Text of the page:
Pittsfield Police Investigating Deaths Of City Couple
PITTSFIELD, Mass. — Police are investing the deaths of a city couple.
Police say the bodies of John and Celeste Kordana, 53 and 39, respectively, were found in their Harryel Street home on Monday.
The bodies are being transferred to the Holyoke Office of the Chief Medical Examiner to determine the cause of death, though the autopsies have not been scheduled.
According to the district attorney's office, officers were called to do a well-being check on the pair and upon arrival were unable to get into the home. At about 2:50 p.m., the Fire Department forced entry into the home, where the bodies were found.
The investigation is being conducted by members of the Pittsfield Police Department, state police assigned to the district attorney's office, and troopers from the Crime Scene Services Section.
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Report: Pittsfield Officer Used Excessive Force, Lied About Incident
PITTSFIELD, Mass. — An internal affairs report contends that Pittsfield Police Officer Michael McHugh attempted to cover up an assault committed by a friend.
McHugh had not-guilty pleas entered on his behalf on single counts of assault and battery by means of a dangerous weapon, assault and battery, misleading a police officer or other person, and being a public employee making a false report on July 12.
His co-defendant is Jason LaBelle, 37, who had not-guilty pleas entered on his behalf on Monday on single counts of assault and battery by means of a dangerous weapon, assault and battery, falsely reporting a crime, misleading a judge, and misleading a clerk.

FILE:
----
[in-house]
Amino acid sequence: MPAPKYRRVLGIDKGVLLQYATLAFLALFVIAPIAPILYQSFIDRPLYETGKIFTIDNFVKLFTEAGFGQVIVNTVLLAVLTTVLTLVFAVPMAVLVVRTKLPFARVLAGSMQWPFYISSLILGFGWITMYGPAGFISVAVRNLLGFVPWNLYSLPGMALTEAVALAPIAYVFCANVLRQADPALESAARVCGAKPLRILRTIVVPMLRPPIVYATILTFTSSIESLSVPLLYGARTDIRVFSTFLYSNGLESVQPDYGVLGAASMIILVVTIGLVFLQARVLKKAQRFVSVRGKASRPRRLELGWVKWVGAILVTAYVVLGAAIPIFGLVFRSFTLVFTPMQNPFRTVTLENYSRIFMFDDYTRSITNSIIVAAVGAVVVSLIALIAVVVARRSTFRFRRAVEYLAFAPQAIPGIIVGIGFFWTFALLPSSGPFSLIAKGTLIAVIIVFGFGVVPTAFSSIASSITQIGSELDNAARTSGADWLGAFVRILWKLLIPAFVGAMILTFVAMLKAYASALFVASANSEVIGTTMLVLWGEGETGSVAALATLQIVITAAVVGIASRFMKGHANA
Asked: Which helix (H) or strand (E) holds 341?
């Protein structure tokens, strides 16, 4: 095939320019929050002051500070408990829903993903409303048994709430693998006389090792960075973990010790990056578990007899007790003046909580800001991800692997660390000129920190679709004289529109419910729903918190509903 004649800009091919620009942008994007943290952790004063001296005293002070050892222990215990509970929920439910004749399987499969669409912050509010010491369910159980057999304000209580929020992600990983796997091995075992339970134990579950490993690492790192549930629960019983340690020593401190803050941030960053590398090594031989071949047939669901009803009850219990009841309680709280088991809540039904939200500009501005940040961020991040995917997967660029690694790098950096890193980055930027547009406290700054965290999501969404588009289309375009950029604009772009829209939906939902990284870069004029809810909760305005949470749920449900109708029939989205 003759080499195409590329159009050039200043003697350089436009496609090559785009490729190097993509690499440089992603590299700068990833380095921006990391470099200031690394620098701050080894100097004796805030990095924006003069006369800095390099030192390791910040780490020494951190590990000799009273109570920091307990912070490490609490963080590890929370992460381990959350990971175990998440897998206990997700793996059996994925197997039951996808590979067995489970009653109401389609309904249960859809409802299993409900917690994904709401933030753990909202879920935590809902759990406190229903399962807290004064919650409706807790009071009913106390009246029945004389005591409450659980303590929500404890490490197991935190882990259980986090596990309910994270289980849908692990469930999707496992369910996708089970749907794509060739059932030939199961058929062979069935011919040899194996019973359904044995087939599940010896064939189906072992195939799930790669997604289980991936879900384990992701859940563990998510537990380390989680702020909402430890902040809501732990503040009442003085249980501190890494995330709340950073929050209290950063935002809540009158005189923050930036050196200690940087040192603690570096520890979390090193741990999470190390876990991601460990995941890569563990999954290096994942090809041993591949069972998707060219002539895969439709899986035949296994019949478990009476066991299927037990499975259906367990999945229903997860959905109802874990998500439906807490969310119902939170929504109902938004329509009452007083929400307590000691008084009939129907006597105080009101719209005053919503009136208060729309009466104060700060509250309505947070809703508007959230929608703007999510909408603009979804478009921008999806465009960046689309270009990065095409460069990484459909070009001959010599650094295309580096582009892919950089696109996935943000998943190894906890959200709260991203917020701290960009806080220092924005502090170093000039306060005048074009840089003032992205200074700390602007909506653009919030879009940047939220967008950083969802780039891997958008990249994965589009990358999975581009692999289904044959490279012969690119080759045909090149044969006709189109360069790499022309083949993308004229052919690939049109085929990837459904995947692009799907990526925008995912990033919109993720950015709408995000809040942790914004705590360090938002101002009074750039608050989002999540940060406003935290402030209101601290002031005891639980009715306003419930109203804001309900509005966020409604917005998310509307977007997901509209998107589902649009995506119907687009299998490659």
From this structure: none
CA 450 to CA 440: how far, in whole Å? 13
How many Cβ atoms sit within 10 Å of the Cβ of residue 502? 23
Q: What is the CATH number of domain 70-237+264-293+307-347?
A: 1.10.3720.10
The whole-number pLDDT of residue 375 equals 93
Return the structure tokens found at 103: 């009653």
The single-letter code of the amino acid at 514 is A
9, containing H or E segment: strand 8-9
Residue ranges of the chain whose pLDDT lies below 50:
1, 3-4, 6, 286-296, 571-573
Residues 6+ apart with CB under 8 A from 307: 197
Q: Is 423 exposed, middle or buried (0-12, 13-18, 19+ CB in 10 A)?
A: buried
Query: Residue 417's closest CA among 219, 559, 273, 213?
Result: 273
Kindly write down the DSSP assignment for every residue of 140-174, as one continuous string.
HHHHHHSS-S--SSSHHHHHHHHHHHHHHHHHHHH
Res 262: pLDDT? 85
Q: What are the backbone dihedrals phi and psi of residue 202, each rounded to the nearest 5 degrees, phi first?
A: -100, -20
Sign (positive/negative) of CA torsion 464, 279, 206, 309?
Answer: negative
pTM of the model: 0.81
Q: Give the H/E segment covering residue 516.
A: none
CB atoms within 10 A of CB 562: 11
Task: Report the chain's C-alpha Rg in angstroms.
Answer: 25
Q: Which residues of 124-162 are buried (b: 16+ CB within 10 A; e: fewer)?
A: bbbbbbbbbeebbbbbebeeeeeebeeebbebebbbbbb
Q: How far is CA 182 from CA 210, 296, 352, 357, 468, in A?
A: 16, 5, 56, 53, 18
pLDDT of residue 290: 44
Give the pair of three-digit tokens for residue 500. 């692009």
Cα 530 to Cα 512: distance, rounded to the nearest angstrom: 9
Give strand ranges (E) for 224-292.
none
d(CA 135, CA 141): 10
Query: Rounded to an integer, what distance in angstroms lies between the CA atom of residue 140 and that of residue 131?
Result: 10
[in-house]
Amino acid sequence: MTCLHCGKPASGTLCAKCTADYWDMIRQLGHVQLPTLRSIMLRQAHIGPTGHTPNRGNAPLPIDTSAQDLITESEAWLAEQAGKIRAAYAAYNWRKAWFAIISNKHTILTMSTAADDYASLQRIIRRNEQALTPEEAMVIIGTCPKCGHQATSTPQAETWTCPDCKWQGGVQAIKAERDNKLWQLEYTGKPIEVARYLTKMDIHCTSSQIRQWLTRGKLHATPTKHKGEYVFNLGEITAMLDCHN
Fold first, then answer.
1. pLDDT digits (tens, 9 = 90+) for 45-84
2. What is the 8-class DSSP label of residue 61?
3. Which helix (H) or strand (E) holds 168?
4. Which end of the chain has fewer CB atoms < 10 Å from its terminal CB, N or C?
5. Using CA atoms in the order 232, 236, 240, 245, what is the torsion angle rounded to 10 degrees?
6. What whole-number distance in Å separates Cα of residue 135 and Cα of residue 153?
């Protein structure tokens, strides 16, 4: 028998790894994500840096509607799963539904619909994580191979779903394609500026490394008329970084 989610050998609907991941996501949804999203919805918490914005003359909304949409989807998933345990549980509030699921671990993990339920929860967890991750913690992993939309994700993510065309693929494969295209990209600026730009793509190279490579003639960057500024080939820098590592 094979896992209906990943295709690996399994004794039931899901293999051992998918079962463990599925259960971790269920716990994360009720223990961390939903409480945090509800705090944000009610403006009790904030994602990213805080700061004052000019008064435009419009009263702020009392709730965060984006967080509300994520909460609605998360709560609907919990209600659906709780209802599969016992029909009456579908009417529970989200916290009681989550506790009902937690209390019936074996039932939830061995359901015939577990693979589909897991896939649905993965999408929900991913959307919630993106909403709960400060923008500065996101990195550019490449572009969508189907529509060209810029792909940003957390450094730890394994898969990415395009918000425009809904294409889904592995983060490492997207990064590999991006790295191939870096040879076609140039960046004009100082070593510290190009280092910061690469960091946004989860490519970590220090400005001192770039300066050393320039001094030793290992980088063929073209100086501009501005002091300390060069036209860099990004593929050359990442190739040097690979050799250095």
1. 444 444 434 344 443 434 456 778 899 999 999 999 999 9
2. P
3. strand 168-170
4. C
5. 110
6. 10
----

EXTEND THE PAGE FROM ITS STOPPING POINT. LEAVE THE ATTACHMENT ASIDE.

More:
The pair is accused of assaulting a 54-year-old man in Pittsfield on July 4, 2016. The victim in the assault was arrested by McHugh that night on counts of operating under the influence, disturbing the peace, and possession of an open container of alcohol in a motor vehicle.
The police internal investigation report says the arrest report had false information and that LeBelle was allegedly allowed to kick the man, which was left out of the report. McHugh is also accused of drinking at the time of the incident, which is against police conduct regulations.
McHugh, who has worked for the department for 18 years, was off duty at the time. In his report, he claims LaBelle, whom he described as a friend, had contacted him shortly before 9:30 p.m. that night claiming the 54-year-old was "stalking his house" and was likely intoxicated. LaBelle then went to McHugh's house.
McHugh said the pair drove around the neighborhood looking for the man's vehicle and eventually found it in a driveway of a neighbor. McHugh said he approached the vehicle, identifying himself as an officer, and the man refused to get out of the vehicle. He said the man appeared to be reaching for something, which he felt could be a weapon.
"I had to pry his hands off of the steering wheel and eventually strike him in the midsection two or three times with my left knee in order for him to let go. Once I had his hands free, I pulled him from the vehicle and ground stabilized him, face down, on the ground," he wrote.
McHugh said he searched the vehicle and found empty beer bottles. He contacted a police sergeant and asked for patrol officers to be sent. McHugh said he then went to the owner of the home whose driveway the incident was occurring when he heard LaBelle and the victim yelling at one another.
McHugh said he did not see [LaBelle] get "within arm's reach" of the victim. The internal investigation report, however, contends that was not true.